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LG Electronics, Inc. v. Eastman Kodak Co.

UNITED STATES DISTRICT COURT SOUTHERN DISTRICT OF CALIFORNIA


October 14, 2009

LG ELECTRONICS, INC., PLAINTIFF,
v.
EASTMAN KODAK COMPANY, DEFENDANT.

The opinion of the court was delivered by: Marilyn L. Huff, District Judge United States District Court

ORDER DENYING DEFENDANT'S MOTION FOR SUMMARY JUDGMENT OF INVALIDITY OF PLAINTIFF'S U.S. PATENT NO. 5,077,612

On February 20, 2009, Plaintiff LG Electronics, Inc. ("LGE") filed a complaint alleging that Defendant Eastman Kodak Company ("Kodak") infringed one or more claims of U.S. Patent Nos. 6,885,407 and 5,077,612 under 35 U.S.C. § 271. (Doc. No. 1.) On September 1, 2009, Kodak filed a motion for summary judgment of invalidity of LGE's U.S. Patent No. 5,077,612 ("'612 patent"). (Doc. No. 52.) On September 10, 2009, LGE filed an ex parte application to strike or continue Kodak's motion for summary judgment. (Doc. No. 53.) On September 18, 2009, Kodak filed a response in opposition to LGE's application. (Doc. No. 55.) On September 22, 2009, the Court denied LGE's ex parte application. (Doc. No. 56.) On September 29, 2009, LGE filed a response in opposition to Kodak's motion for summary judgment. (Doc. No. 57.) On October 6, 2009, Kodak filed a reply in support of its motion for summary judgment. (Doc. No. 58.) The Court held a hearing on the matter on October 13, 2009. Mark Selwyn and Arthur Coviello of Wilmer Cutler Pickering Hale and Dorr LLP appeared on behalf of Kodak, and Christopher Marchese and Michael Rosen of Fish & Richardson P.C. appeared on behalf of LGE. For the reasons set forth below, the Court denies Kodak's motion for summary judgment of invalidity of the '612 patent.

Background

On February 20, 2009, LGE filed a complaint alleging that Kodak infringed one or more claims of U.S. Patent Nos. 6,885,407 and 5,077,612 under 35 U.S.C. § 271. (Doc. No. 1 at 3-4.) On September 1, 2009, Kodak filed a motion for summary judgment of invalidity of LGE's '612 patent. (Doc. No. 52.) In particular, Kodak contends that the '612 patent is invalid for failure to comply with the definiteness requirement of 35 U.S.C. § 112, ¶ 2. (Id. at 1.)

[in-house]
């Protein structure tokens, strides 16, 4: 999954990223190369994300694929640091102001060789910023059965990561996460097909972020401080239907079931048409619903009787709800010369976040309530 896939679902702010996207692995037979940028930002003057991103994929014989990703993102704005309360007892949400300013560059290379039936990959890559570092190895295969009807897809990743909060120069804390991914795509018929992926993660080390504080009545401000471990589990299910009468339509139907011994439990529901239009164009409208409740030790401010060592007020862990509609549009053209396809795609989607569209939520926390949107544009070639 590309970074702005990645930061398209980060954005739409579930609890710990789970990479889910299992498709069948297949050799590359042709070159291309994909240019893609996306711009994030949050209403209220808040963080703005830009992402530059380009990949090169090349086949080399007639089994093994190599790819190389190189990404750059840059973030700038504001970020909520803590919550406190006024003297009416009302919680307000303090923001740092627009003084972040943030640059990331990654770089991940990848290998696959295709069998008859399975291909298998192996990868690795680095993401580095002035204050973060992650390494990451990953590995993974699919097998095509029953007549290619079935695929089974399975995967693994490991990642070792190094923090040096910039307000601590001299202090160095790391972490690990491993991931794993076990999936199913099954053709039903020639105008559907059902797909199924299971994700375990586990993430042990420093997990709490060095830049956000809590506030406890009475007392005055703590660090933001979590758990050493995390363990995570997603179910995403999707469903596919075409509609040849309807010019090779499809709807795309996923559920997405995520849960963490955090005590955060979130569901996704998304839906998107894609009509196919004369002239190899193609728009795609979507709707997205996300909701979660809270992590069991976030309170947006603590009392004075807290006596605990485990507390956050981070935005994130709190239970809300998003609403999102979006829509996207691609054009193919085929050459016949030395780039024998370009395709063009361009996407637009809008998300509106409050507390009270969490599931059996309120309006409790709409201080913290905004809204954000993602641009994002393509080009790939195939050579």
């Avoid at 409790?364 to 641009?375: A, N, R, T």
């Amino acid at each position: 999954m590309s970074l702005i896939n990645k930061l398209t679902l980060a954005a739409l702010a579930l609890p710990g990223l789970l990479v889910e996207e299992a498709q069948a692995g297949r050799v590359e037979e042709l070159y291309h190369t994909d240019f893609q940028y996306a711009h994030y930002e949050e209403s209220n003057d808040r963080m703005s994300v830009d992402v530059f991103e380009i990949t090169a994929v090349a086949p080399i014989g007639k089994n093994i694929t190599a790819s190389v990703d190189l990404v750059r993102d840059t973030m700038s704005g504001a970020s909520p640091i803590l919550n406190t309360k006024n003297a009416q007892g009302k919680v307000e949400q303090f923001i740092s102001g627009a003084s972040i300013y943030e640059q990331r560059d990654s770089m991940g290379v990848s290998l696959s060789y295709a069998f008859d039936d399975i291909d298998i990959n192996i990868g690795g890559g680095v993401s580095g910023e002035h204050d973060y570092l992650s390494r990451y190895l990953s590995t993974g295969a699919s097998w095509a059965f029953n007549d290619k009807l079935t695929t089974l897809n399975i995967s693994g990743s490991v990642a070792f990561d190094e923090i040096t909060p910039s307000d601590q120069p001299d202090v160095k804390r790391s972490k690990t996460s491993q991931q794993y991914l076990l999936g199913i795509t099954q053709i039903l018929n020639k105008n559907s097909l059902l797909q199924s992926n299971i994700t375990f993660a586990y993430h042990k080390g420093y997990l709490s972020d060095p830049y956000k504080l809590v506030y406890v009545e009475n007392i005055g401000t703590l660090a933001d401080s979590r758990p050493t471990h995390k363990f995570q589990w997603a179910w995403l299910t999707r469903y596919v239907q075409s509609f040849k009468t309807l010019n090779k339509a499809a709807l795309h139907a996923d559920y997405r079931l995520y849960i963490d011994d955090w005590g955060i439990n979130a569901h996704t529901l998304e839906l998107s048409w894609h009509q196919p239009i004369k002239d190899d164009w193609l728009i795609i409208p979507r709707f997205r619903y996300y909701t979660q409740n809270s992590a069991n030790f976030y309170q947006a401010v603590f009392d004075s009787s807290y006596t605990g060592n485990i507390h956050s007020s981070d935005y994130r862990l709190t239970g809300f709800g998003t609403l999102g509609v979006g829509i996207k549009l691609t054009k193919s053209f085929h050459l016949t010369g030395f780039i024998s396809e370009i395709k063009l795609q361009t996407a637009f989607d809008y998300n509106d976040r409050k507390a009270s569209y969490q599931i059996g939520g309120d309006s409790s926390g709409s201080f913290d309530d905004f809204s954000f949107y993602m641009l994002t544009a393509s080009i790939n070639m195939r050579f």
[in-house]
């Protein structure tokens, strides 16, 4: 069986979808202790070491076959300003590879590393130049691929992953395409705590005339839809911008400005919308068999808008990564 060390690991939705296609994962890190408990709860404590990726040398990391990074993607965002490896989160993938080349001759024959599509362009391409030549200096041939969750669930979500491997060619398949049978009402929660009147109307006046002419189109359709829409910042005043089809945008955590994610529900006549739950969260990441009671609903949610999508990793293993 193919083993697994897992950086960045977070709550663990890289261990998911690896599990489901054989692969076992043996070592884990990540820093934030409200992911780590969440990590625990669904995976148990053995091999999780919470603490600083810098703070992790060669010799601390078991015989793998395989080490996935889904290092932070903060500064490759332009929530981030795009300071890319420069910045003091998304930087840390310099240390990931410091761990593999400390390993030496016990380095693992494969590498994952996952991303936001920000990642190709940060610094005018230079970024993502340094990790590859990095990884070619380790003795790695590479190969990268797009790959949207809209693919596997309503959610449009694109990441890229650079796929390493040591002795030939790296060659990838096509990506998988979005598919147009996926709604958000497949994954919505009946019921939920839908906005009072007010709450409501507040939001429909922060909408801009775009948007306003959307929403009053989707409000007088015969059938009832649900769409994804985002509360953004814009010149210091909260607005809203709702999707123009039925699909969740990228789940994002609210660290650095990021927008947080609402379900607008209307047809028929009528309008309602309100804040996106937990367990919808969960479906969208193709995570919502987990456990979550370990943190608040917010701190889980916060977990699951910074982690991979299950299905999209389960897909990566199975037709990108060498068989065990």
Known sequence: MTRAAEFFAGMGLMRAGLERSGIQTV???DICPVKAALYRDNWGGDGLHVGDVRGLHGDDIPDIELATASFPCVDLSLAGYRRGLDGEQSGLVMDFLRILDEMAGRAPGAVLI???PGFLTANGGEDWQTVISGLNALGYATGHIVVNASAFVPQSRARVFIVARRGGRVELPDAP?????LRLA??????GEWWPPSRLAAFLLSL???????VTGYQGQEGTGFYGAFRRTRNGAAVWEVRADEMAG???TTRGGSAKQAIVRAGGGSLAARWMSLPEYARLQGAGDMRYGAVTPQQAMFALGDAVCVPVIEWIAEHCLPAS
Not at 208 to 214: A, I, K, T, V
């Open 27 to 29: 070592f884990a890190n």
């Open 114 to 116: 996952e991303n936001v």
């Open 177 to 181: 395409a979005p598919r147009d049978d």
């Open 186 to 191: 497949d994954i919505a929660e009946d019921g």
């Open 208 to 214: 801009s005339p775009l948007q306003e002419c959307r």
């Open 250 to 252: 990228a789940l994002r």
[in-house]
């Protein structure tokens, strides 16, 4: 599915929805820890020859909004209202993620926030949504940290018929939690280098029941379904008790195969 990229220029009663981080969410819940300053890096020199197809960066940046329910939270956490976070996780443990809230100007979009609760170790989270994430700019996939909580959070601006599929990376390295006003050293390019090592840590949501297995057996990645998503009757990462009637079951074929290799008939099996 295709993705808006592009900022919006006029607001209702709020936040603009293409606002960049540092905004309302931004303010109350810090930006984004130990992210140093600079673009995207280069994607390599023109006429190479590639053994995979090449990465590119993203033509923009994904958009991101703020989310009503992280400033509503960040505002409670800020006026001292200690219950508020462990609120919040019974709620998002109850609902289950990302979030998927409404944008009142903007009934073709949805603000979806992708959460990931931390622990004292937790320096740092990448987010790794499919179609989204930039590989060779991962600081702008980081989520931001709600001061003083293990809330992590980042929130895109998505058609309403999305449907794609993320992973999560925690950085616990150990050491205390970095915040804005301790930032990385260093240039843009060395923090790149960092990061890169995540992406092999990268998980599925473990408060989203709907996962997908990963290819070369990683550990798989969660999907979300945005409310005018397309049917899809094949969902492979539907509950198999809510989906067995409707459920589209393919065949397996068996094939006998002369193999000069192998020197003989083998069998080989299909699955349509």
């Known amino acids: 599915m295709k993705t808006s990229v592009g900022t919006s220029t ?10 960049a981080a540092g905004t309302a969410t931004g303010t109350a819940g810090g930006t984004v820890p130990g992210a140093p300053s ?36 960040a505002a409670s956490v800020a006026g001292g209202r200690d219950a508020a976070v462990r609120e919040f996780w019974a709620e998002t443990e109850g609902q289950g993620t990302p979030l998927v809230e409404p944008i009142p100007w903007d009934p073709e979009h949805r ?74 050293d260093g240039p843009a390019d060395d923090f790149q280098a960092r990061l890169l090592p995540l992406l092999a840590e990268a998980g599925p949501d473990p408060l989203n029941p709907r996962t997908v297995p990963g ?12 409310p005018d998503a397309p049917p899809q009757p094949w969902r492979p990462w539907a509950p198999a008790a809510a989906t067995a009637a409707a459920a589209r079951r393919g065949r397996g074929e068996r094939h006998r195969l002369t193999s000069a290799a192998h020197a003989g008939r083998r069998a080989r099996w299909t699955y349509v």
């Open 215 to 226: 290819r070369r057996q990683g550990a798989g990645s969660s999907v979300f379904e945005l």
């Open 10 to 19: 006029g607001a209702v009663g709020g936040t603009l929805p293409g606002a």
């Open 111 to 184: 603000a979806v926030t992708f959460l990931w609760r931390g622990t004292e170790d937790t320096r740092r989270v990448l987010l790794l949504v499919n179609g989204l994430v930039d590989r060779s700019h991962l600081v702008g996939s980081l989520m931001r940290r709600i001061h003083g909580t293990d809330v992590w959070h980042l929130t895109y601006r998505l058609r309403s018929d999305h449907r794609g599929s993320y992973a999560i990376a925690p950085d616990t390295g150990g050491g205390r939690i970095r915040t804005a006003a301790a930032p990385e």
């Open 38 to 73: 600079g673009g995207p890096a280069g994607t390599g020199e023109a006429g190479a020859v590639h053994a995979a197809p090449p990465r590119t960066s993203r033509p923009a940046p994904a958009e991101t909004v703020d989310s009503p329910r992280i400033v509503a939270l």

The '612 patent is entitled "Portable Electronic Picture Recording Device With Nonvolatile Electronic Memory." (Doc. No. 1, ¶ 13.) The patent issued on December 31, 1991, and is directed to a portable electronic picture recording device that, among other things, is capable of "reproducing a scene in a moving sequence as in camcorders, as well as single pictures as in still video cameras." ('612 patent, Doc. No. 1, Ex. 2 at col. 2 l.19-21.) Claim 1 provides:

1. A portable electronic picture recording device comprising: a camera which generates an analog picture signal for at least one frame of images; an analog-to-digital (A/D) converter for converting the analog picture signal too digital picture data; a signal processing and control circuit having means for compressing the digital picture data for storage in an electronic memory and for retrieving and expanding the digital picture data into television signals for display on a television receiver, respectively, wherein said signal processing and control circuit further includes means for processing data for picture signal frames in a plurality of modes, including single-picture, and scene shooting (sequence) modes and wherein said signal processing and control circuit further includes a first filter for reducing said digital picture data for storage and a second filter for data expansion upon playback; said electronic memory having a very large plurality of erasable, programmable, nonvolatile memory cells for storing digital picture data for a plurality of picture signal frames without the need for constant power supply; a digital-to-analog (D/aA) converter for converting restored digital picture data into analog output signals; and a power supply for supplying power to said signal processing and control circuit without the need for constantly supplying power to said electronic memory to maintain the data stored therein. (Id.at col. 6 l.11-42 (emphasis added)). Claim 1 is the sole independent claim, and all remaining claims depend on claim 1. (Id. at col. 6 l.43-64.) Kodak's motion for summary judgment of invalidity of the '612 patent focuses on the highlighted means-plus-function limitation of claim 1. (Doc. No. 52 at 3.)

Discussion

I. Summary Judgment - Legal Standard